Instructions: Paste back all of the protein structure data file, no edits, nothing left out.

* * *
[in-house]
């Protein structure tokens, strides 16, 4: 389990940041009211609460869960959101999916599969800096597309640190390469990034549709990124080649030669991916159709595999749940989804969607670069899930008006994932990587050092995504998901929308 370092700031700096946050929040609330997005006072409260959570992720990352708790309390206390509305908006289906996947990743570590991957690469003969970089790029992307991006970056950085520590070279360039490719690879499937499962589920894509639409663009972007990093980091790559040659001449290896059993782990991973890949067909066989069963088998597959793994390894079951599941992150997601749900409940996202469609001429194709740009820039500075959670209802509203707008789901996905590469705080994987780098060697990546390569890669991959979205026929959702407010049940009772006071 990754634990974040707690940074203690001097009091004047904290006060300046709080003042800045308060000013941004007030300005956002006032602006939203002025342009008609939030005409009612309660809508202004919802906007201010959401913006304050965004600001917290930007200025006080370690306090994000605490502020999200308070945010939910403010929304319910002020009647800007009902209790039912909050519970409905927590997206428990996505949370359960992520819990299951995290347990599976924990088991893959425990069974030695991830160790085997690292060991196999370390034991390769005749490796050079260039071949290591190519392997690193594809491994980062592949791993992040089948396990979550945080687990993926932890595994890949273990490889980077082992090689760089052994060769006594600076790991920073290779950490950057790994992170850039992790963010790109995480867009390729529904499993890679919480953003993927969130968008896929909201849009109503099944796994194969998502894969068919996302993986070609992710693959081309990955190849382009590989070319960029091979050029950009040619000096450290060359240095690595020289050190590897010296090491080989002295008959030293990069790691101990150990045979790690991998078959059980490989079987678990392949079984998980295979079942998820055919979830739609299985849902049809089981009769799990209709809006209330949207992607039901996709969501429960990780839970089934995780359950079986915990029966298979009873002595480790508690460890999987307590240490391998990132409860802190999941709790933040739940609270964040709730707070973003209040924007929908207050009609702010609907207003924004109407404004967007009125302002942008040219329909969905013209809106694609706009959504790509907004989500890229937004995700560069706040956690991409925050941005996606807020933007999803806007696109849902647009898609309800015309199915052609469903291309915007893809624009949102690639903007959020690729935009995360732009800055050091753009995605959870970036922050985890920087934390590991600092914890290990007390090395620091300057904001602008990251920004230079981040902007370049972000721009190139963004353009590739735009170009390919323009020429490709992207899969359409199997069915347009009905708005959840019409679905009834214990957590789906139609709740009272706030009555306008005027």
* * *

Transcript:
[in-house]
């Protein structure tokens, strides 16, 4: 389990940041009211609460869960959101999916599969800096597309640190390469990034549709990124080649030669991916159709595999749940989804969607670069899930008006994932990587050092995504998901929308 370092700031700096946050929040609330997005006072409260959570992720990352708790309390206390509305908006289906996947990743570590991957690469003969970089790029992307991006970056950085520590070279360039490719690879499937499962589920894509639409663009972007990093980091790559040659001449290896059993782990991973890949067909066989069963088998597959793994390894079951599941992150997601749900409940996202469609001429194709740009820039500075959670209802509203707008789901996905590469705080994987780098060697990546390569890669991959979205026929959702407010049940009772006071 990754634990974040707690940074203690001097009091004047904290006060300046709080003042800045308060000013941004007030300005956002006032602006939203002025342009008609939030005409009612309660809508202004919802906007201010959401913006304050965004600001917290930007200025006080370690306090994000605490502020999200308070945010939910403010929304319910002020009647800007009902209790039912909050519970409905927590997206428990996505949370359960992520819990299951995290347990599976924990088991893959425990069974030695991830160790085997690292060991196999370390034991390769005749490796050079260039071949290591190519392997690193594809491994980062592949791993992040089948396990979550945080687990993926932890595994890949273990490889980077082992090689760089052994060769006594600076790991920073290779950490950057790994992170850039992790963010790109995480867009390729529904499993890679919480953003993927969130968008896929909201849009109503099944796994194969998502894969068919996302993986070609992710693959081309990955190849382009590989070319960029091979050029950009040619000096450290060359240095690595020289050190590897010296090491080989002295008959030293990069790691101990150990045979790690991998078959059980490989079987678990392949079984998980295979079942998820055919979830739609299985849902049809089981009769799990209709809006209330949207992607039901996709969501429960990780839970089934995780359950079986915990029966298979009873002595480790508690460890999987307590240490391998990132409860802190999941709790933040739940609270964040709730707070973003209040924007929908207050009609702010609907207003924004109407404004967007009125302002942008040219329909969905013209809106694609706009959504790509907004989500890229937004995700560069706040956690991409925050941005996606807020933007999803806007696109849902647009898609309800015309199915052609469903291309915007893809624009949102690639903007959020690729935009995360732009800055050091753009995605959870970036922050985890920087934390590991600092914890290990007390090395620091300057904001602008990251920004230079981040902007370049972000721009190139963004353009590739735009170009390919323009020429490709992207899969359409199997069915347009009905708005959840019409679905009834214990957590789906139609709740009272706030009555306008005027």